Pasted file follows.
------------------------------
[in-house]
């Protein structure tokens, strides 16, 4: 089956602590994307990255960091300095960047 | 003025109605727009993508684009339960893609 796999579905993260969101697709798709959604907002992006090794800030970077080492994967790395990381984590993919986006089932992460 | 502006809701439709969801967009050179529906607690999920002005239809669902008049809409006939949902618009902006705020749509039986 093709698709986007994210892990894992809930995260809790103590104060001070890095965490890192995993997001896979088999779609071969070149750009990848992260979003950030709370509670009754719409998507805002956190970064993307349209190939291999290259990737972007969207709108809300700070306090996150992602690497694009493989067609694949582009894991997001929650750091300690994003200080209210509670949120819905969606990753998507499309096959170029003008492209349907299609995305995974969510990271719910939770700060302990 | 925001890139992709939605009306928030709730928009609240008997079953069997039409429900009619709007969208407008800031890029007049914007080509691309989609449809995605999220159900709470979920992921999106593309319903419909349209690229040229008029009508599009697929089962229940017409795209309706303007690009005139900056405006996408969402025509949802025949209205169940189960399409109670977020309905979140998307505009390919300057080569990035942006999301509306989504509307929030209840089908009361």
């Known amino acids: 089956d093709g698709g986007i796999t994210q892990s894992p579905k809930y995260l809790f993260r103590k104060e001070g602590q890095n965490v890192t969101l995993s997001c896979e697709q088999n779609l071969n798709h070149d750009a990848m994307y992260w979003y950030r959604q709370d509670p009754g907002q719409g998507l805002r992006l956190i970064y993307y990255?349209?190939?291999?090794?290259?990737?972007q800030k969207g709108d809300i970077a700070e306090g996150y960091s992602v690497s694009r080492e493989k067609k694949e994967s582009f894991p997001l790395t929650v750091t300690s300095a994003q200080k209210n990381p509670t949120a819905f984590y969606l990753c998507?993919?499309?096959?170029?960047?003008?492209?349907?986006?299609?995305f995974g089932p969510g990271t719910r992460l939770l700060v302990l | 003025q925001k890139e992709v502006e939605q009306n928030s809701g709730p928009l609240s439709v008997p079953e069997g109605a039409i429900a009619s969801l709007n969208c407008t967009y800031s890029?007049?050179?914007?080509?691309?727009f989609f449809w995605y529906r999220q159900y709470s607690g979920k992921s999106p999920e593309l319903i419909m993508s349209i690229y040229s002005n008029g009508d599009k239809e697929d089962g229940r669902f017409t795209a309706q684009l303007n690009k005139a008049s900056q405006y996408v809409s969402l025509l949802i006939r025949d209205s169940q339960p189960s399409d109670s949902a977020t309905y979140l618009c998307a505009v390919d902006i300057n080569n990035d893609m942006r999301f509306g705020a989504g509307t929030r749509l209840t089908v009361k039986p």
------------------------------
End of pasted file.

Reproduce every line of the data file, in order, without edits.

[in-house]
């Protein structure tokens, strides 16, 4: 089956602590994307990255960091300095960047 | 003025109605727009993508684009339960893609 796999579905993260969101697709798709959604907002992006090794800030970077080492994967790395990381984590993919986006089932992460 | 502006809701439709969801967009050179529906607690999920002005239809669902008049809409006939949902618009902006705020749509039986 093709698709986007994210892990894992809930995260809790103590104060001070890095965490890192995993997001896979088999779609071969070149750009990848992260979003950030709370509670009754719409998507805002956190970064993307349209190939291999290259990737972007969207709108809300700070306090996150992602690497694009493989067609694949582009894991997001929650750091300690994003200080209210509670949120819905969606990753998507499309096959170029003008492209349907299609995305995974969510990271719910939770700060302990 | 925001890139992709939605009306928030709730928009609240008997079953069997039409429900009619709007969208407008800031890029007049914007080509691309989609449809995605999220159900709470979920992921999106593309319903419909349209690229040229008029009508599009697929089962229940017409795209309706303007690009005139900056405006996408969402025509949802025949209205169940189960399409109670977020309905979140998307505009390919300057080569990035942006999301509306989504509307929030209840089908009361």
């Known amino acids: 089956d093709g698709g986007i796999t994210q892990s894992p579905k809930y995260l809790f993260r103590k104060e001070g602590q890095n965490v890192t969101l995993s997001c896979e697709q088999n779609l071969n798709h070149d750009a990848m994307y992260w979003y950030r959604q709370d509670p009754g907002q719409g998507l805002r992006l956190i970064y993307y990255?349209?190939?291999?090794?290259?990737?972007q800030k969207g709108d809300i970077a700070e306090g996150y960091s992602v690497s694009r080492e493989k067609k694949e994967s582009f894991p997001l790395t929650v750091t300690s300095a994003q200080k209210n990381p509670t949120a819905f984590y969606l990753c998507?993919?499309?096959?170029?960047?003008?492209?349907?986006?299609?995305f995974g089932p969510g990271t719910r992460l939770l700060v302990l | 003025q925001k890139e992709v502006e939605q009306n928030s809701g709730p928009l609240s439709v008997p079953e069997g109605a039409i429900a009619s969801l709007n969208c407008t967009y800031s890029?007049?050179?914007?080509?691309?727009f989609f449809w995605y529906r999220q159900y709470s607690g979920k992921s999106p999920e593309l319903i419909m993508s349209i690229y040229s002005n008029g009508d599009k239809e697929d089962g229940r669902f017409t795209a309706q684009l303007n690009k005139a008049s900056q405006y996408v809409s969402l025509l949802i006939r025949d209205s169940q339960p189960s399409d109670s949902a977020t309905y979140l618009c998307a505009v390919d902006i300057n080569n990035d893609m942006r999301f509306g705020a989504g509307t929030r749509l209840t089908v009361k039986p």